|05-20-2005, 06:12 AM||#1|
Blue Crack Supplier
Join Date: Mar 2005
Location: completely out of touch
Local Time: 01:43 AM
The Promises we make pt 11
*Disclaimer: ~ Though inspired in part by real people; none of the stuff in the story really happened or is intended to represent reality in anyway. It’s just a daydream. Some of the names of places represented are true names but the people and much of the landscape has been taken artistic liberties with; not meant to represent any place or person with any degree of accuracy.__________________
The Promises we make pt 11
Bono sat in his rented S.U.V. staring out into the glaring desert, feeling more alone and isolated than he could ever remember feeling before. He drew in a deep, steadying breath and slipped the keys out of the ignition as he climbed out of the vehicle into the stifling heat.
It had been a long week. He’d had to hire a private investigator to find Angel, after he’d flown into Phoenix and realized that all he knew about where she grew up were anecdotal stories in which she mentioned names which he could not readily recall.
He’d been in Northern Arizona before, but he doubted he would ever be less than awestruck at its beauty. Strange, that such a desolate and lifeless place as a desert could be so beautiful. He slid his cowboy hat on, grateful for the sun it deflected off his skin. He listened to the crunch of the dry earth beneath his feet as he started walking northward.
Maybe he should’ve turned back. At least he knew there was a building back that way, and another human being, with a telephone. He had no clue how far he’d have to walk along the interstate before he came to Chinle, or until he saw another car.
He cursed himself for not making sure the battery was charged in his cell, even if he wasn’t sure it would’ve worked out here anyway. He also cursed himself for being daft enough to wear black clothes in the desert. Not that he’d been planning on his rental overheating and leaving him stranded.
He considered taking off the black button down shirt, but thought better of it. Better to keep his skin covered. He paused to look around and say a prayer, and it didn’t take long for that prayer to start sounding like a song. A song about isolation, loneliness. Not a theme he was unfamiliar with.
He sung softly to himself as he walked, trying to make the time move faster. It wasn’t really a song, at least not yet. It was just a melodic pattern and a few words, a theme. He made it up as he went along, taking certain parts and repeating them if he liked them, changing them a bit, and discarding others as utter rubbish which he blamed on being hot and dehydrated.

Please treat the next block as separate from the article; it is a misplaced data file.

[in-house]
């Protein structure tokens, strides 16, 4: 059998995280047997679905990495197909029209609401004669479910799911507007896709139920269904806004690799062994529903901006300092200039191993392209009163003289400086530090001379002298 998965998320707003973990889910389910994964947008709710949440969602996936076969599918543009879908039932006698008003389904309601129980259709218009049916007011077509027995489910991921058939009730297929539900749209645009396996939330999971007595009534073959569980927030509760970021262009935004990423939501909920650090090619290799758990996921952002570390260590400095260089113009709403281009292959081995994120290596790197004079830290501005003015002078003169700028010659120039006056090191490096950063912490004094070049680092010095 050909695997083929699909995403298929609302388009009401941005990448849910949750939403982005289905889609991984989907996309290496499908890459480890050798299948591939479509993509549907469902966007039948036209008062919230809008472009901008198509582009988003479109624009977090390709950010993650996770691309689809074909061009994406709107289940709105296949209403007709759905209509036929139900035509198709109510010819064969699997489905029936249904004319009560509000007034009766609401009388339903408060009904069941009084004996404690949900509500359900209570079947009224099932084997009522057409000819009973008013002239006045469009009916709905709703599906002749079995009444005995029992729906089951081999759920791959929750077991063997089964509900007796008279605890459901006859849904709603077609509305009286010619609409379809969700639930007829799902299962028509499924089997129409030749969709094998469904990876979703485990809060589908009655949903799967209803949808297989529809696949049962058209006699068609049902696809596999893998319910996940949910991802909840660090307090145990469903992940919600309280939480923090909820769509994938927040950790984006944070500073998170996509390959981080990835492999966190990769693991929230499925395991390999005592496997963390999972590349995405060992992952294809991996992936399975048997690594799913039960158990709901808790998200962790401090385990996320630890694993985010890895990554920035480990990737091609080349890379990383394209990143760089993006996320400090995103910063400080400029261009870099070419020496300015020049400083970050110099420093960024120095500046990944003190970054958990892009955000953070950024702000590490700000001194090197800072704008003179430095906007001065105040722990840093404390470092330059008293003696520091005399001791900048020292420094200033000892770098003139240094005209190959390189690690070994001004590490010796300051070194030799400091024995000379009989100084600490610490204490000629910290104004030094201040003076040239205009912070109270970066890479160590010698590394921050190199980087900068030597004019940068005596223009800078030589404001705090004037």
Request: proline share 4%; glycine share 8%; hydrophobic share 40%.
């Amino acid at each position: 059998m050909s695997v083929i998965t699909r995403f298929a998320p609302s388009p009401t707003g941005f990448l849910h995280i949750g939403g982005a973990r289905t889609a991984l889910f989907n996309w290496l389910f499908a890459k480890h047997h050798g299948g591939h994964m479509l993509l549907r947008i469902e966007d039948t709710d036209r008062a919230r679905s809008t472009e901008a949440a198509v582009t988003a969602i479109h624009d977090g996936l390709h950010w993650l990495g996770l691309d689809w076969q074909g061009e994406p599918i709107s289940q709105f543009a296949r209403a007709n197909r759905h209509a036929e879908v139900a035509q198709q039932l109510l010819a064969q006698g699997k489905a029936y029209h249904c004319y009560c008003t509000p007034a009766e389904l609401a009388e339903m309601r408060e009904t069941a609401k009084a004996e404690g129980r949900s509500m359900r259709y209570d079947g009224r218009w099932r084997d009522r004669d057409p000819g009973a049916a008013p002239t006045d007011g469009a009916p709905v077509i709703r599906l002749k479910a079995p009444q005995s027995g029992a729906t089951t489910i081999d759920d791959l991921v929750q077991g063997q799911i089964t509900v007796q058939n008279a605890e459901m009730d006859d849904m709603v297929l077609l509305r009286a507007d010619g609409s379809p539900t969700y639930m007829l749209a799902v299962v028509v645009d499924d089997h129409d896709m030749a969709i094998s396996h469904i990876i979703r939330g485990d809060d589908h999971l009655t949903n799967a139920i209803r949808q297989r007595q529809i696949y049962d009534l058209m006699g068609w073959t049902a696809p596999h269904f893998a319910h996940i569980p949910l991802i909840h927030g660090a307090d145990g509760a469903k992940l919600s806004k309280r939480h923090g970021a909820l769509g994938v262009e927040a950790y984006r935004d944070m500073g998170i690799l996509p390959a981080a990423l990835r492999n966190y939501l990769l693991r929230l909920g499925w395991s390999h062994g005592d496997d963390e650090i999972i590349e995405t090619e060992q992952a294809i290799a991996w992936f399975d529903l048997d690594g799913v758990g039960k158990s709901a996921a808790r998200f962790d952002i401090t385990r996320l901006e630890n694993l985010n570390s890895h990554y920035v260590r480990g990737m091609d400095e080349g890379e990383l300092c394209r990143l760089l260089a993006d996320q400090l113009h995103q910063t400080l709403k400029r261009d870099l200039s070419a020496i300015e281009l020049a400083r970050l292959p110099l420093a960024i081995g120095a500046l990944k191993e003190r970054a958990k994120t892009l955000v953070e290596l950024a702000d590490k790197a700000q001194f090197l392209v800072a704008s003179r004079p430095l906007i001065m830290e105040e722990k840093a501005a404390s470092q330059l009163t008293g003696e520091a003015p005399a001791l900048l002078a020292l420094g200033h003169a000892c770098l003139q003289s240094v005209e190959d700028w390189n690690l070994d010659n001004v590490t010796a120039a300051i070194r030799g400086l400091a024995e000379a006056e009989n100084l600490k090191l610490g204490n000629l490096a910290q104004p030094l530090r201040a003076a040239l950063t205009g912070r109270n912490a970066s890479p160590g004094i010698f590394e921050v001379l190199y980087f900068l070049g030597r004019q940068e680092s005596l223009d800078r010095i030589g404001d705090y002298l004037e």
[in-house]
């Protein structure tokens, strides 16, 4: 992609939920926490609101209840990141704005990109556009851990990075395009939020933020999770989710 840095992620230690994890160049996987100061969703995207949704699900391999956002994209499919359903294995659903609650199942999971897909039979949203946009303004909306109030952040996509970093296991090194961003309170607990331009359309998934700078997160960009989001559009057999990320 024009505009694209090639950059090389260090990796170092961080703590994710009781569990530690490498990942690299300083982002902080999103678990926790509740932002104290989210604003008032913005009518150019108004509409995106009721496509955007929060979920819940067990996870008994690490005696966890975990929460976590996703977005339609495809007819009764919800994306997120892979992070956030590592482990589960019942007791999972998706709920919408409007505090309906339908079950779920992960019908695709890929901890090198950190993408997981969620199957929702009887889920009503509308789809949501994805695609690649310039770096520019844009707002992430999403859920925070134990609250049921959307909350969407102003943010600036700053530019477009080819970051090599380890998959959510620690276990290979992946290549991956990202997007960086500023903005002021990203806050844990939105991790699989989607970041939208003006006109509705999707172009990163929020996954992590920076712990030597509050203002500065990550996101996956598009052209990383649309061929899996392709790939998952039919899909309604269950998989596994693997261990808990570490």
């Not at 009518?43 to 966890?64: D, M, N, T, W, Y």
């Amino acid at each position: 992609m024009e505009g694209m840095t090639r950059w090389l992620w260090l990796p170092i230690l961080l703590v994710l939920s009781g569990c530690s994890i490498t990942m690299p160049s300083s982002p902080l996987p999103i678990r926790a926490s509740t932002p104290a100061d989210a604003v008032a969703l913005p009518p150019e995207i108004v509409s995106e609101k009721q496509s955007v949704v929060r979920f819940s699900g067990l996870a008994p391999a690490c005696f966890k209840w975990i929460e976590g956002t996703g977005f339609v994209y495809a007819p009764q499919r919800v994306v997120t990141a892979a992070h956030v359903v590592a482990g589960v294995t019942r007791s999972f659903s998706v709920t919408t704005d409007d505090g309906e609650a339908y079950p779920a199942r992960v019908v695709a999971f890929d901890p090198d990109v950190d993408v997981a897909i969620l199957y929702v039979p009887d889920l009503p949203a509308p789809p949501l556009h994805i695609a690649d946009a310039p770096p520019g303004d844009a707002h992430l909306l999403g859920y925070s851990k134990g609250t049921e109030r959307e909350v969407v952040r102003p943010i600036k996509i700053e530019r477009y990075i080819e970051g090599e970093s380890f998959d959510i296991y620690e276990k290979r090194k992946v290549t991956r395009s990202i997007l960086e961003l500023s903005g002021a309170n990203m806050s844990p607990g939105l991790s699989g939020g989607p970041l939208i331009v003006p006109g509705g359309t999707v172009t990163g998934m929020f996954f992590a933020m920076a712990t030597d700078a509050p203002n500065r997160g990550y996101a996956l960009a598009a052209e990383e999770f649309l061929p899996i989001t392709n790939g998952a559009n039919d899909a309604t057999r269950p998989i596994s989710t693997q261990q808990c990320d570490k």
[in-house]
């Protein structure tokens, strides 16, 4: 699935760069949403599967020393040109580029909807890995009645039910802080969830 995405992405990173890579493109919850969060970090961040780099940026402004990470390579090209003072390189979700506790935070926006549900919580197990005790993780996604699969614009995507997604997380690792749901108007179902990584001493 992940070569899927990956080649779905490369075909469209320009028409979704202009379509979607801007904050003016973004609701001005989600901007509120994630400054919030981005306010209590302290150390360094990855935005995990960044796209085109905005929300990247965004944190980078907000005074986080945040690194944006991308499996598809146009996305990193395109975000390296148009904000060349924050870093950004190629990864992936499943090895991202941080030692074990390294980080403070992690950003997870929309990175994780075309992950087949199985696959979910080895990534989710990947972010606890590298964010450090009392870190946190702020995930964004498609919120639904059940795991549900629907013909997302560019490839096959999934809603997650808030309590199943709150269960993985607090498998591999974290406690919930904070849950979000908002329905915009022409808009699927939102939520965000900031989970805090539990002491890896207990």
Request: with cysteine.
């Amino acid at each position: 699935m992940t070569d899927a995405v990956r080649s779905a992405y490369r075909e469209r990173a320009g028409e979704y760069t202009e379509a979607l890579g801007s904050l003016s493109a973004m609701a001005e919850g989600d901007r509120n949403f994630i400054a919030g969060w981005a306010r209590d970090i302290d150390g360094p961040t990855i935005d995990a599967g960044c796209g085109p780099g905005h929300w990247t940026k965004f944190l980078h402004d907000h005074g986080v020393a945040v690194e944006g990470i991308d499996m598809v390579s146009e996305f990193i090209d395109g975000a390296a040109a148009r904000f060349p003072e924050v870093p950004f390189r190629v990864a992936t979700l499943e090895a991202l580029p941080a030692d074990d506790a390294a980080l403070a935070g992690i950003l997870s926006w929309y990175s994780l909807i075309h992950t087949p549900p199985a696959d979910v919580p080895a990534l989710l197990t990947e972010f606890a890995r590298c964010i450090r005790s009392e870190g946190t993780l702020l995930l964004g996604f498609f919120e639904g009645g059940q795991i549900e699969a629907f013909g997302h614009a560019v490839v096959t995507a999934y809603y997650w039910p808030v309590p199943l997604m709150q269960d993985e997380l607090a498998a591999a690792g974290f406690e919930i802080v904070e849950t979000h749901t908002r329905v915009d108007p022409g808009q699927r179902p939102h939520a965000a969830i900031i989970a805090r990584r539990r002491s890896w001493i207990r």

He was as out of place here as possible; everything was exactly the opposite of his home. He was used to sea air, rain and fog and green growing things everywhere when he would venture out of the city. Here there was no moisture in the air even, no sea birds calling, and very little green indeed. The differences of the places made him think about things that Angel had said to him.
They were very different people indeed. As different as the places they called home. He wondered if she had felt this out of place in Ireland. She had never said so. Not directly, at least. There had been little things, coming back to him now, which might have told him how she felt, if he had only recognized them.
He lost himself in his thoughts, paying little attention to his situation, simply putting one foot in front of the other while he worked out the specifics of the lyrics. The tribal police car was practically right behind him before he ever noticed it at all.
It rolled up alongside him slowing to a stop, the passenger side window rolling down and the officer leaning over to peer out at him.
“Yah-ta-hey.” He greeted him politely in Navajo. “Having a bad day.” Bono wasn’t sure from the way the man said it whether he meant it as a question or an observation. He chuckled a bit, thinking it an understatement, either way.
“I guess you could say that.” He told the man, leaning his hands on the rolled down window, relieved to see a friendly face.